Artists

Kenojuak Ashevak (1924  -  )

Kenojuak Ashevak Narwhal Gallery: Kenojuak - Diptych

Detail from Song Of Spring (diptych), 2006
Lithograph, Approx. 28 x 48 inches (HxW), Cape Dorset

Kenojuak has been awarded the highest accolade, Companion of the Order of Canada, recipient of the National Aboriginal Achievement Foundation's award for lifetime achievement, member of the Royal Academy of Arts, commemorated on Canadian stamps, and in 2001 was inducted into Canada's Walk of Fame: She is contemporary Inuit art's most famous personality. Born in an igloo, she is an artist who has lived in two very different worlds: the traditional Inuit culture, and, increasingly 21st century western culture. She grew up travelling between hunting camps on Baffin Island and Arctic Quebec. As a youngster, under the guidance of her grandmother she learnt sewing that later proved transferable to her eventual career as an artist, having first recovered in her early twenties from tuberculosis.

In the late 1950s, with her husband, Johnniebo they met James Houston, who was encouraging Inuit of the Cape Dorset area to make prints and drawings. They went into Cape Dorset regularly to obtain supplies, and during this period, she experimented with a variety of materials and techniques, carving stone sculptures, making boots, sealskin wall hangings and ornamental beaded bags. Although working with many materials throughout her life, when encouraged to try her hand at drawing with two foreign media -- pencil and paper, she commented about her introduction to paper saying, "a piece of paper from the outside world is as thin as the shell of a snowbird's egg."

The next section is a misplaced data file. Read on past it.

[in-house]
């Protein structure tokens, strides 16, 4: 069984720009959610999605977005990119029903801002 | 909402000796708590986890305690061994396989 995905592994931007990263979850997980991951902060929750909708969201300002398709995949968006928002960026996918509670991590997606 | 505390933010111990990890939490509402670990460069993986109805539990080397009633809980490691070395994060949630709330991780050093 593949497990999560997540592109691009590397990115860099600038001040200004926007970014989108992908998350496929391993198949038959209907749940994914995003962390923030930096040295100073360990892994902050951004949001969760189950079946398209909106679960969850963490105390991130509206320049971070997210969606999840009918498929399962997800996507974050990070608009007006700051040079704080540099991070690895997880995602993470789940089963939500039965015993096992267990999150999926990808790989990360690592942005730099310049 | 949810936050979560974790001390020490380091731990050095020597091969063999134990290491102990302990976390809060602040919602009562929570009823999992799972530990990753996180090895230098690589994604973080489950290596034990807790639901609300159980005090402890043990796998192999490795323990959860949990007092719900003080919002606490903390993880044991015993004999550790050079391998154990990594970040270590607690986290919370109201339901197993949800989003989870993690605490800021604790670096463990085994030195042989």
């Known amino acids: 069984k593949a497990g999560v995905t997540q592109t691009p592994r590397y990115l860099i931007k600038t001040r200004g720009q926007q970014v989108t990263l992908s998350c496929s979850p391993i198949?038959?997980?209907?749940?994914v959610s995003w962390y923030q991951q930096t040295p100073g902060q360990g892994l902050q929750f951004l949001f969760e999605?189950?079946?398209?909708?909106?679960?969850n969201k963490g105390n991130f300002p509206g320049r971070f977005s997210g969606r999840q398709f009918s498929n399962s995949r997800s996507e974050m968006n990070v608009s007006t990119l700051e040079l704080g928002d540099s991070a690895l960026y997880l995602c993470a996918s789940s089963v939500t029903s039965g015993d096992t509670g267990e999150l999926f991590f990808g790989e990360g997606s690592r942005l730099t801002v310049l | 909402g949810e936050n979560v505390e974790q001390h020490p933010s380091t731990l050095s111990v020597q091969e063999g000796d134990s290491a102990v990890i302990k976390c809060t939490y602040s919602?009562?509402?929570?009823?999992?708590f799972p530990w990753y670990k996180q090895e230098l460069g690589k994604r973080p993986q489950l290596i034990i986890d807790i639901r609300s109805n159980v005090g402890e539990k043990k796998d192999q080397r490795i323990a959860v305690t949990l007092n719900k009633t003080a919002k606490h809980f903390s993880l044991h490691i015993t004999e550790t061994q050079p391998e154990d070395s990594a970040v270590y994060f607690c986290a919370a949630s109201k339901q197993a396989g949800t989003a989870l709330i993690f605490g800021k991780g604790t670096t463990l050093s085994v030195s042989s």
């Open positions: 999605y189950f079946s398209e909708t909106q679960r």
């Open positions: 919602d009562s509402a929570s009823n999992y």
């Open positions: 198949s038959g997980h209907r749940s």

In her first tentative drawings she portrayed subjects that were well known and traditional from her sealskin appliqués. Her drawings proceed directly from design to finished product, simply putting pencil to paper, not lifting the pencil until she had completed the essential form of her image. Preliminary sketches were rarely made. Interestingly, while she is known worldwide for her prints, she has never been involved in the actual printing process.

Pursuing works of art that primarily satisfy her own aesthetic ideals, exploring design, form and colour, rather than illustrating events or stories, she has developed some favourite subjects, especially birds, fish and human faces. The subject matter of her images is static; a solitary icon without any kind of background or context, and although creating flowing webs of interconnected images and intricately constructed patterns of texture and colour, look no deeper for a meaning within the images, it is solely the overall effect of the whole image that concerns her. The Narwhal Inuit Art Gallery is proud to present these examples of a prolific and prestigious career, including 'Song of Spring', a recent diptych, which once again depicts her classic style of expressing her environment.